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Original Publication Date: 2000-Jun-01
Included in the Prior Art Database: 2003-Jun-19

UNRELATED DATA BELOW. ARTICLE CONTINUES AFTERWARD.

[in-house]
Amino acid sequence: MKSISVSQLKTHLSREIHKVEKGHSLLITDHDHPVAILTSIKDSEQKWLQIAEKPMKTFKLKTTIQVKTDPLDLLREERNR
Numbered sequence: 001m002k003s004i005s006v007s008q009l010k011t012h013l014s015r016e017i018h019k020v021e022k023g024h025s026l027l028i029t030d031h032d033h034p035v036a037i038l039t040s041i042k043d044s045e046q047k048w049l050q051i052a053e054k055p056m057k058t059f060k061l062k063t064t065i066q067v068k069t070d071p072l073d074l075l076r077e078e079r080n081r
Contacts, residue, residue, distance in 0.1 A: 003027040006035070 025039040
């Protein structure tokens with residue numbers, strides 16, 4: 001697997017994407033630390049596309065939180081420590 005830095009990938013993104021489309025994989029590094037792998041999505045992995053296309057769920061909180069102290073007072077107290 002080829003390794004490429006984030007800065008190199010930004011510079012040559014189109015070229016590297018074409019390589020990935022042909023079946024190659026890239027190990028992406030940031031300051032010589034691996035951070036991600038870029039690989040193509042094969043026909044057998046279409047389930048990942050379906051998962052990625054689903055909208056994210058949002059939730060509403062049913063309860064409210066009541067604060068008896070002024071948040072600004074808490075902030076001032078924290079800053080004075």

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Synchronization between Audio and Video during decode/play is defined by the MPEG Standard at the "frame" level. These are the smallest presentation units as defined by MPEG. Audio and Video frames are of different time duration and are relatively long when compared to the allowable synchronization error. This can lead to an unacceptable synchronization error between Audio and Video during playback. Audio and Video streams are made up of fairly long duration frames that must be made to line up precisely. Adding to the difficulty are the facts that Audio and Video frames do not have the same duration in time, and in fact, the duration of an Audio frame is dependent on the Sample Rate which can change. A solution to the problem of synchronization is to change the way that Audio frames are treated by the Audio decoder. During synchronization, MPEG treats frames as "atomic" units. That is, they are the smallest unit of Audio or Video playback. Each Program Time Stamp (PTS) refers only to a frame and nothing smaller. Each frame is regarded as being of a pre-determined time duration. Audio synchronization is defined by MPEG in the same way, but this is merely to allow MPEG to treat Audio in a similiar manner to Video. Once Audio decode is complete, there is no reason that a frame cannot be "expanded" or "shrunk" to adjust synchronization. There is nothing truly "atomic" about an Audio frame after decode. The "atomic" level is the PCM Sample. A number of PCM Samples are grouped together to create the Audio frame.